SINGLE REVIEWS: February 2015 | NARC. | Reliably Informed | Music and Creative Arts News for Newcastle and the North East

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A mixed bag of singles this month, and an issue to ponder this New Year: what are the British doing to folk music? Two of this month’s singles rest entirely on a dull notion of what folk music is and can be, a bland gesture towards the genre’s clichés: mainly, the creepiness of the outdoors. First, Stornoway’s The Road You Didn’t Take has an uninteresting guitar pattern, with the vagueness of the lyrics matched only by the singer’s smugness.

But smugness is preferable to self-pity, which is about all Bear’s Den manage to muster on Think Of England. With sparse, ponderous guitars, an irritating hand-clap drumbeat and weak, floaty vocals, the song never gets going.

If Bear’s Den and Stornoway smack of fastidious self-regard then thankfully Chloe Chadwick’s Settle Your Heart shows an artist with a simple and disarming affinity for her music. Hailing from Sunderland, Chadwick’s lyrical craft may border on the contrived, but the stirring, acoustic-led rhythm and the passion of the performance are undeniable.

Helsinki’s Rising Heights was a welcome surprise. Starting breezily with a country lilt in the weightless rhythm, then shifting with genuinely psychedelic weirdness into a nauseating carousel. The inoffensive smile of the first verse mutating into a maniacal grin.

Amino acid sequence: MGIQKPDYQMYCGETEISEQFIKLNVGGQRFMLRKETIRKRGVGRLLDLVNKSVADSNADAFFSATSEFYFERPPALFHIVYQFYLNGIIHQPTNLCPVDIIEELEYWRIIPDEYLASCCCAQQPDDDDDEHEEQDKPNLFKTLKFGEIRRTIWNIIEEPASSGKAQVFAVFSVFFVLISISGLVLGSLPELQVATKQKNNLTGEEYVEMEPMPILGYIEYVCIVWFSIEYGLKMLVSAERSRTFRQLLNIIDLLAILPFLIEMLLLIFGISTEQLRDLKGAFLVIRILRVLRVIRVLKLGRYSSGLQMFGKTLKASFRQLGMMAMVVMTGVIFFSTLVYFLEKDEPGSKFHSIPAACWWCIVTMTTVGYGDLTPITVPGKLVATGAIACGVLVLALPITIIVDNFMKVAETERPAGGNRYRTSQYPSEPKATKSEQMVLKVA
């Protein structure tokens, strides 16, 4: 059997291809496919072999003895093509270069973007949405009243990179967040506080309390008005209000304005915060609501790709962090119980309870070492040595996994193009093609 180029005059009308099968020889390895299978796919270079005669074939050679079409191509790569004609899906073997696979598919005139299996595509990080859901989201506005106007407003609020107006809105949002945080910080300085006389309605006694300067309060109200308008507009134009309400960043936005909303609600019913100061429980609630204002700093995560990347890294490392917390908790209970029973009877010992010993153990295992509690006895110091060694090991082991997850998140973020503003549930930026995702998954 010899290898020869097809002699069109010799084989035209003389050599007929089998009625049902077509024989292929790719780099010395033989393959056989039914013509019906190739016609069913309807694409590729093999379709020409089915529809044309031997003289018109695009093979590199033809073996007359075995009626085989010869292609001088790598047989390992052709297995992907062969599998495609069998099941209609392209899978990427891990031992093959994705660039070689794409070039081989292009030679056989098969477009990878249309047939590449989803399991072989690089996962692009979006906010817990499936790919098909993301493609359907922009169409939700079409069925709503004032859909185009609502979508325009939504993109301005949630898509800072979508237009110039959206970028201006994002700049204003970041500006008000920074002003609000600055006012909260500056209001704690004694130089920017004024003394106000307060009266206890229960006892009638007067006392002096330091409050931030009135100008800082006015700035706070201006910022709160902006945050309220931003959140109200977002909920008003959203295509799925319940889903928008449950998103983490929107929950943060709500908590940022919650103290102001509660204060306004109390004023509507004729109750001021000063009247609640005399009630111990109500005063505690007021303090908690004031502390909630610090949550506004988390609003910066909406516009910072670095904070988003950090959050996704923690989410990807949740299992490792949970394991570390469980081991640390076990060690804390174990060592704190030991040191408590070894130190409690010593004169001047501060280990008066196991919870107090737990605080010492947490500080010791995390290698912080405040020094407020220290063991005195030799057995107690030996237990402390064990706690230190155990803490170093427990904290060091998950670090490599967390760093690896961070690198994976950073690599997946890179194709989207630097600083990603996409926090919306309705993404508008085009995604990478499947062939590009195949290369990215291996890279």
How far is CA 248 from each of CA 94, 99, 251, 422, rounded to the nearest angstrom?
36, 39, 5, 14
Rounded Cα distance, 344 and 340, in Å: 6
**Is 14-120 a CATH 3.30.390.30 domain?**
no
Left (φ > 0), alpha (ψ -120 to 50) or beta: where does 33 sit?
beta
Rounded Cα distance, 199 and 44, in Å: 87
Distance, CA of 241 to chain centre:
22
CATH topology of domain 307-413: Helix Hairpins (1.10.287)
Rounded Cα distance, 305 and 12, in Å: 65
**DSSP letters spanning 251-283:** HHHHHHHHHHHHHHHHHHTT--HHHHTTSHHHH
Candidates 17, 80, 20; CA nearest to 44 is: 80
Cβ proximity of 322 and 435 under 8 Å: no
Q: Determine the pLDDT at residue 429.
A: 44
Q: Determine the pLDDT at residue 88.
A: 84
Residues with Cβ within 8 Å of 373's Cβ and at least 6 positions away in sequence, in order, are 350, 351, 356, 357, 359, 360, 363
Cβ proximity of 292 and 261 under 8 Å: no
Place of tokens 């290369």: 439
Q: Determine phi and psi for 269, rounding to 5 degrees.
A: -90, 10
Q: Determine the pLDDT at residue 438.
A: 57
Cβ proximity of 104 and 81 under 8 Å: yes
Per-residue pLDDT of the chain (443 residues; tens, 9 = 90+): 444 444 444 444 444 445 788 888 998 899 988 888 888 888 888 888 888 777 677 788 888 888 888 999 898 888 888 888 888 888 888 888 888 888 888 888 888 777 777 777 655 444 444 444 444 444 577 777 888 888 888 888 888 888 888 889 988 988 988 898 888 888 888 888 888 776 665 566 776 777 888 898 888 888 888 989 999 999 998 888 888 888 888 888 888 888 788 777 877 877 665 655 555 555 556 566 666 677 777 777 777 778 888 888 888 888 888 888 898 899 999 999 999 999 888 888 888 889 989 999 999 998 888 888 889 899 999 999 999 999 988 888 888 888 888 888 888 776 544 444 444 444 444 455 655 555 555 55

Withered Hand’s latest, King Of Hollywood, is also worth a listen. The accordion-led melody, evoking Lorde’s twisted cover of All Apologies, is plaintive, if a little aimless. Neither the singer nor the music quite grasp what they want to say, until a guitar solo opens an instrumental that says everything.

The best moment on this batch of singles comes on Horse Party’s spiky Out Of Sight. The distorted bass and guitar set an insistent, pressing rhythm and when Ellie Langley sings “Dead in the water”, leaving the line hanging before repeating it, it’s intimidating.

The chirpy instrumentation of Lonelady’s indie-dance excursion Bunkerpop can be irritating, but there are hypnotic passages: the world of the song rushing past the singer quicker than she can keep up with.

Finally, the affably generic rock and roll of Durham’s The Hazels with In Control. Over a searing guitar and fuzz-tone bass, the singer strains for a drama he can’t quite convey. But the bravura and the passion create momentum nonetheless.

You can listen to all the tunes on a handy playlist now on our Soundcloud page!

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